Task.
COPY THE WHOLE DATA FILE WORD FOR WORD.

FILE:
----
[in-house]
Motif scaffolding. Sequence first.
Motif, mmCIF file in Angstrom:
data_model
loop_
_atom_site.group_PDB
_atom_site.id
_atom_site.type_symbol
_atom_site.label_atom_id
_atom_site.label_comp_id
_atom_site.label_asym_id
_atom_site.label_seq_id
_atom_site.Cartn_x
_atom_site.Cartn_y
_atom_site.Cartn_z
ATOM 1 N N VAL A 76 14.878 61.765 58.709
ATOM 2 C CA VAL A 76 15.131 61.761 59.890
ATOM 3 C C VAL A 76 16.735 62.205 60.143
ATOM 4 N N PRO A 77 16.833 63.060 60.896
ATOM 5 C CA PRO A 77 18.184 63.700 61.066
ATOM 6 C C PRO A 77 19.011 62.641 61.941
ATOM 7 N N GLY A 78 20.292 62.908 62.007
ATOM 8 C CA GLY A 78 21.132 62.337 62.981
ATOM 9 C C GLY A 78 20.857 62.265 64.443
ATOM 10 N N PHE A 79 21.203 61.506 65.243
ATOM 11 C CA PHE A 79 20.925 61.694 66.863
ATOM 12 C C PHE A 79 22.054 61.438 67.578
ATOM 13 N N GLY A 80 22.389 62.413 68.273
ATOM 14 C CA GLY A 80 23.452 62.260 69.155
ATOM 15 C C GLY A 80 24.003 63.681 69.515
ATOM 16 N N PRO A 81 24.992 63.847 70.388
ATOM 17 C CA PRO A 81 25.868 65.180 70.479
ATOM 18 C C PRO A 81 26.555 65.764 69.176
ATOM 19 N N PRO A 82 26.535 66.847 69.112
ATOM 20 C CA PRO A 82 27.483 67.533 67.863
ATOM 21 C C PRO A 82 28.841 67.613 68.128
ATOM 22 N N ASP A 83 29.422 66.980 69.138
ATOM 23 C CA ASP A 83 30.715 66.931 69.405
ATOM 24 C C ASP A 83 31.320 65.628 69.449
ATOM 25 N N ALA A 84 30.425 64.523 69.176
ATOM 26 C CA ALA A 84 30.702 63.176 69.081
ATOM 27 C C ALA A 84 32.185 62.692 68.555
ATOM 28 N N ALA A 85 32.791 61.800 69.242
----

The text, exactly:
[in-house]
Motif scaffolding. Sequence first.
Motif, mmCIF file in Angstrom:
data_model
loop_
_atom_site.group_PDB
_atom_site.id
_atom_site.type_symbol
_atom_site.label_atom_id
_atom_site.label_comp_id
_atom_site.label_asym_id
_atom_site.label_seq_id
_atom_site.Cartn_x
_atom_site.Cartn_y
_atom_site.Cartn_z
ATOM 1 N N VAL A 76 14.878 61.765 58.709
ATOM 2 C CA VAL A 76 15.131 61.761 59.890
ATOM 3 C C VAL A 76 16.735 62.205 60.143
ATOM 4 N N PRO A 77 16.833 63.060 60.896
ATOM 5 C CA PRO A 77 18.184 63.700 61.066
ATOM 6 C C PRO A 77 19.011 62.641 61.941
ATOM 7 N N GLY A 78 20.292 62.908 62.007
ATOM 8 C CA GLY A 78 21.132 62.337 62.981
ATOM 9 C C GLY A 78 20.857 62.265 64.443
ATOM 10 N N PHE A 79 21.203 61.506 65.243
ATOM 11 C CA PHE A 79 20.925 61.694 66.863
ATOM 12 C C PHE A 79 22.054 61.438 67.578
ATOM 13 N N GLY A 80 22.389 62.413 68.273
ATOM 14 C CA GLY A 80 23.452 62.260 69.155
ATOM 15 C C GLY A 80 24.003 63.681 69.515
ATOM 16 N N PRO A 81 24.992 63.847 70.388
ATOM 17 C CA PRO A 81 25.868 65.180 70.479
ATOM 18 C C PRO A 81 26.555 65.764 69.176
ATOM 19 N N PRO A 82 26.535 66.847 69.112
ATOM 20 C CA PRO A 82 27.483 67.533 67.863
ATOM 21 C C PRO A 82 28.841 67.613 68.128
ATOM 22 N N ASP A 83 29.422 66.980 69.138
ATOM 23 C CA ASP A 83 30.715 66.931 69.405
ATOM 24 C C ASP A 83 31.320 65.628 69.449
ATOM 25 N N ALA A 84 30.425 64.523 69.176
ATOM 26 C CA ALA A 84 30.702 63.176 69.081
ATOM 27 C C ALA A 84 32.185 62.692 68.555
ATOM 28 N N ALA A 85 32.791 61.800 69.242